What is Good Therapy?

What is Good Therapy?

My journey to becoming an existential psychotherapist began with a desire to develop greater signifi cance in my life and improve the quality of my relationships. Having worked as an organisational psychologist for many years, my work increasingly involved coaching senior managers in the art of managing their organisations. These sessions revealed that, contrary to my expectations, the help they required was related to more personal aspects of their lives outside of work.

Despite considerable coaching experience, I felt that if I were to assist them on this journey into exploring meaning in their lives both inside and outside of work, I would have to develop more specific psychotherapeutic skills. I began my search for my psychotherapeutic home. Over the next few years, I dabbled in many modalities, including psychodynamic, transpersonal, cognitivebehavioural and humanistic. Despite these approaches having much to offer, I felt that their underpinning assumptions didn’t fully mirror my own philosophical beliefs about what it is to be human. Then I stumbled upon existential psychotherapy.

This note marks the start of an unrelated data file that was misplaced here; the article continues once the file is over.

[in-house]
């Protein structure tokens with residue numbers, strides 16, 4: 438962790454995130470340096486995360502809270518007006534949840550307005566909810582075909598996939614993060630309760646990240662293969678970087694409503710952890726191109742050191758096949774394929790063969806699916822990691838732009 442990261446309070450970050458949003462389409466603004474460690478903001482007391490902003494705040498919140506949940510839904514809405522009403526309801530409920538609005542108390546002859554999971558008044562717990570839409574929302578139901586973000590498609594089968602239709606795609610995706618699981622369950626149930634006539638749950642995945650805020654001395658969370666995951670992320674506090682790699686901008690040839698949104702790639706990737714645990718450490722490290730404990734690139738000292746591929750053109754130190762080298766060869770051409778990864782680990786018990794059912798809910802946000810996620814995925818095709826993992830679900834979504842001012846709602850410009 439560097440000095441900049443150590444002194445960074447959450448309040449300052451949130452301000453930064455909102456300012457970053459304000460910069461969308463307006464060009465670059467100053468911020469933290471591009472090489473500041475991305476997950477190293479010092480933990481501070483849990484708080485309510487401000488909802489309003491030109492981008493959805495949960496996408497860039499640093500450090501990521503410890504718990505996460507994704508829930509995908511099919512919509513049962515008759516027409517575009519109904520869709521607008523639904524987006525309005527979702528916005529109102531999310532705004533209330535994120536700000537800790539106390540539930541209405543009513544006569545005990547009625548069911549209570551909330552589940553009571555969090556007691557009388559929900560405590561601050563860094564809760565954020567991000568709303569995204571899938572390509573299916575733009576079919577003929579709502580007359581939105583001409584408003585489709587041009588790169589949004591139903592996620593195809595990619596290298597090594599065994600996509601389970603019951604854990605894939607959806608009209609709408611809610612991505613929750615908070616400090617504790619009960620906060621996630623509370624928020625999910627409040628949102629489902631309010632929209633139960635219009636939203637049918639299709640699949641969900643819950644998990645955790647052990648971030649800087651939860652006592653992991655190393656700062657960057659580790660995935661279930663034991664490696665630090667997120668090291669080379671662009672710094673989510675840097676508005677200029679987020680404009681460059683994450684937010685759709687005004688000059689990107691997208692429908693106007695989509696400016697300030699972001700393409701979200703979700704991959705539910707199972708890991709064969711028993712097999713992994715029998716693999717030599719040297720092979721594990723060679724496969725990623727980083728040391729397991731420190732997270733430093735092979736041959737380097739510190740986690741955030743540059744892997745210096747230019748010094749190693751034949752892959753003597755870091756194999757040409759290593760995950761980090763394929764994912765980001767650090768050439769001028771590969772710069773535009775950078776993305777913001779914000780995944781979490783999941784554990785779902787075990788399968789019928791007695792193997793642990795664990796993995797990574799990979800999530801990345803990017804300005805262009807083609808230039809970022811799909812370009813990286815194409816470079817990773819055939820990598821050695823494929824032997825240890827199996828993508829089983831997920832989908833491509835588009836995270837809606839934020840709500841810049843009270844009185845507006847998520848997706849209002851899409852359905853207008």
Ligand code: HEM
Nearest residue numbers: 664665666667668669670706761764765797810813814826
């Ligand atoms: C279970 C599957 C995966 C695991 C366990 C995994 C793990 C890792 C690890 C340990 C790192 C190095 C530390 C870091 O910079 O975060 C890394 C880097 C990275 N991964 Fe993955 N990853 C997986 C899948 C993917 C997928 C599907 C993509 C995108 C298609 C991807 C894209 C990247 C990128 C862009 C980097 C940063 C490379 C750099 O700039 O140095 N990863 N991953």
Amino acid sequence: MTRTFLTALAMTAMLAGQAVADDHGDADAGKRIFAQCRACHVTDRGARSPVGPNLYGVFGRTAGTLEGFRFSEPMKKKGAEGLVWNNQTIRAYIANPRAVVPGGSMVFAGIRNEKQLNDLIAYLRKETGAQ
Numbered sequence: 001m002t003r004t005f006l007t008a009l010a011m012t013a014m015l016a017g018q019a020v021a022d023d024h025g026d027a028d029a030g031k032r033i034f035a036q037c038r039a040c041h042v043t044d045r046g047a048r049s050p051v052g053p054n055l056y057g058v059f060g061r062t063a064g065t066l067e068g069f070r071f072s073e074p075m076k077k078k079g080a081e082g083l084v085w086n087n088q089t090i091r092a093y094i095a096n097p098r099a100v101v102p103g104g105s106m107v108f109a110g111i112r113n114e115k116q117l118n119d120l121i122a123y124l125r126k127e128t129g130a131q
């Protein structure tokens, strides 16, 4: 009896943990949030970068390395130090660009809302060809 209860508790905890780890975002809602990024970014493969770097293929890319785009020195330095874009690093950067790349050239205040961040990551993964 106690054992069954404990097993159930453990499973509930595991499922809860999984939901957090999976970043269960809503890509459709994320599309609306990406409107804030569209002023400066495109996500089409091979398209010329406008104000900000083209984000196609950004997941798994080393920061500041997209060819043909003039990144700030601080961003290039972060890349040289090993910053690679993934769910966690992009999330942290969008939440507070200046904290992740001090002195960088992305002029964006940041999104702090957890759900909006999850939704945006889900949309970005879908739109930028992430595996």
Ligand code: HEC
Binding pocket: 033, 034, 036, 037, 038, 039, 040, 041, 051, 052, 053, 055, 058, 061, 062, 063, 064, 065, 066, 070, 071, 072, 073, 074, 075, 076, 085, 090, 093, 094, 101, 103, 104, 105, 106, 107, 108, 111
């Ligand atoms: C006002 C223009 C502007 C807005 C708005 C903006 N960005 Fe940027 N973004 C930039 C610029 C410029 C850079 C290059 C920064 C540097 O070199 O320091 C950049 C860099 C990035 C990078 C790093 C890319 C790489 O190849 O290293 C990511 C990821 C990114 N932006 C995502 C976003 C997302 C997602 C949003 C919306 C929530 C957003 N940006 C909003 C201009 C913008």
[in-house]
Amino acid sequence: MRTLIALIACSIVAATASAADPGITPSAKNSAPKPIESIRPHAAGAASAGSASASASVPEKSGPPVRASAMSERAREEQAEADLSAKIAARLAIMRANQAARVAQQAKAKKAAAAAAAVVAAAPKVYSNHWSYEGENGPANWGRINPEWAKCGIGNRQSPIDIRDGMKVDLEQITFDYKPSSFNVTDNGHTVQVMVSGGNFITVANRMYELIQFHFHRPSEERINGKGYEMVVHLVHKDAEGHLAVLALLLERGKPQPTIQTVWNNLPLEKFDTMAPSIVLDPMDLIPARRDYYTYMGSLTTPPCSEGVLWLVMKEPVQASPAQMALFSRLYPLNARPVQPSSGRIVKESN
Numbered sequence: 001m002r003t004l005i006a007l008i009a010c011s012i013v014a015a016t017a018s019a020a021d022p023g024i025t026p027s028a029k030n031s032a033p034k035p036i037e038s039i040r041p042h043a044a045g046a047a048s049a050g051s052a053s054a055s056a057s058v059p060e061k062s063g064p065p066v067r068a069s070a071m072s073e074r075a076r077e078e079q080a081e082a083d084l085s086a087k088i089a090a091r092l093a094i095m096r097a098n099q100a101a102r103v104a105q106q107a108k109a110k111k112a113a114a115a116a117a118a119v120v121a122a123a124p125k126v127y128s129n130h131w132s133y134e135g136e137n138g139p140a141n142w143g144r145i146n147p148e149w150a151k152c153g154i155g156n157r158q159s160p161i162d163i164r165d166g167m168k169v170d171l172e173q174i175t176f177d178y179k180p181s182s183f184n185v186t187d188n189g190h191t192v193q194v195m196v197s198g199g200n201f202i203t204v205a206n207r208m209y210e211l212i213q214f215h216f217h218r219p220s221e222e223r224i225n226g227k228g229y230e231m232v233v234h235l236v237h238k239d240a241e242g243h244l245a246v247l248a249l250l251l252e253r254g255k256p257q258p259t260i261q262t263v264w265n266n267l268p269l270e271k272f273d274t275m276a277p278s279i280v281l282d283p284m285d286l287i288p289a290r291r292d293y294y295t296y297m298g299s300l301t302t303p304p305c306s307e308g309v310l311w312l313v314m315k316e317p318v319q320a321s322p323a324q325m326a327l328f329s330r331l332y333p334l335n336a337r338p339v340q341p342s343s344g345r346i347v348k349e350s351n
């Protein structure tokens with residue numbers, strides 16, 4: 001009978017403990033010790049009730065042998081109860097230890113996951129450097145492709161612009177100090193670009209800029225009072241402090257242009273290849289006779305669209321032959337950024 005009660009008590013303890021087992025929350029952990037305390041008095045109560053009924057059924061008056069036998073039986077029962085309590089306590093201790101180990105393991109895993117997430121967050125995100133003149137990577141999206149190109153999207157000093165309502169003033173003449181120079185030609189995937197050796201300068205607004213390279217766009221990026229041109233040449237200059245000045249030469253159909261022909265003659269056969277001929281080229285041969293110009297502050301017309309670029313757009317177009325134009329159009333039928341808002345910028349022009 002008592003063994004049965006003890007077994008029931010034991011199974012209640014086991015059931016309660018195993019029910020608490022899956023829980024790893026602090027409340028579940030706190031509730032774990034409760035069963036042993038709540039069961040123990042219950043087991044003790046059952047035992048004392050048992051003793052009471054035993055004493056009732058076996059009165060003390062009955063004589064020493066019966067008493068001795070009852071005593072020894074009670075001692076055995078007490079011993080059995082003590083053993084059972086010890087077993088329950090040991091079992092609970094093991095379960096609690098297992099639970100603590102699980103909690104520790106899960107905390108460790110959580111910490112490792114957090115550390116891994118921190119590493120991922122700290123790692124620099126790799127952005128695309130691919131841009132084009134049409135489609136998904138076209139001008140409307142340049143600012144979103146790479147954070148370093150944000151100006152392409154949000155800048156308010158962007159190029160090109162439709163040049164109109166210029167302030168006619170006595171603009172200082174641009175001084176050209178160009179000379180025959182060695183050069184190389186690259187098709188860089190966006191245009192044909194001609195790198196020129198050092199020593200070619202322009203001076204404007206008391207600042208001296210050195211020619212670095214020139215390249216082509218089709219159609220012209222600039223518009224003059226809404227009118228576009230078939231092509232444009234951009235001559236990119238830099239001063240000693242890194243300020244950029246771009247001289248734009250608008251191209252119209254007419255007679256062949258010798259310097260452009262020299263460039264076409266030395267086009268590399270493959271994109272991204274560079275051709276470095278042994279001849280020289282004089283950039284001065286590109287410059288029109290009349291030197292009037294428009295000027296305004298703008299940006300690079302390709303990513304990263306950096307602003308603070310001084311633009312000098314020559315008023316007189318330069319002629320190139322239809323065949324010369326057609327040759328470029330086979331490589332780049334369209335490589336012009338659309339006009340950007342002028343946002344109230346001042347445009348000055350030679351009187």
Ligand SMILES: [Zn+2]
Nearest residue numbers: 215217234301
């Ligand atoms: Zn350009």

What is Existential Psychotherapy?

Existential psychotherapy is a form of therapy that is grounded more in philosophy than psychology. Existential philosophy offers a radically different perspective on ‘who we are as individuals’. It focuses on certain aspects of our existence i.e. choice, freedom, responsibility and anxiety within the limits of our own lives and our lives as human beings. In this way, psychological distress is not seen as pathological but as a normal aspect of struggling with our own personal answers to life’s challenges. From this perspective, the problems, dilemmas and paradoxes that we face are not unique but shared challenges for us all.

Anyone who has tried to explore these concepts from the philosophical literature will be aware of how complex and inaccessible they can be. On the other hand, these concepts are discussed in more simplistic terms in fi lms, magazine articles and conversations. So how can we explore choice, freedom and responsibility in the context of our own self-development and, more specifi cally, in therapy?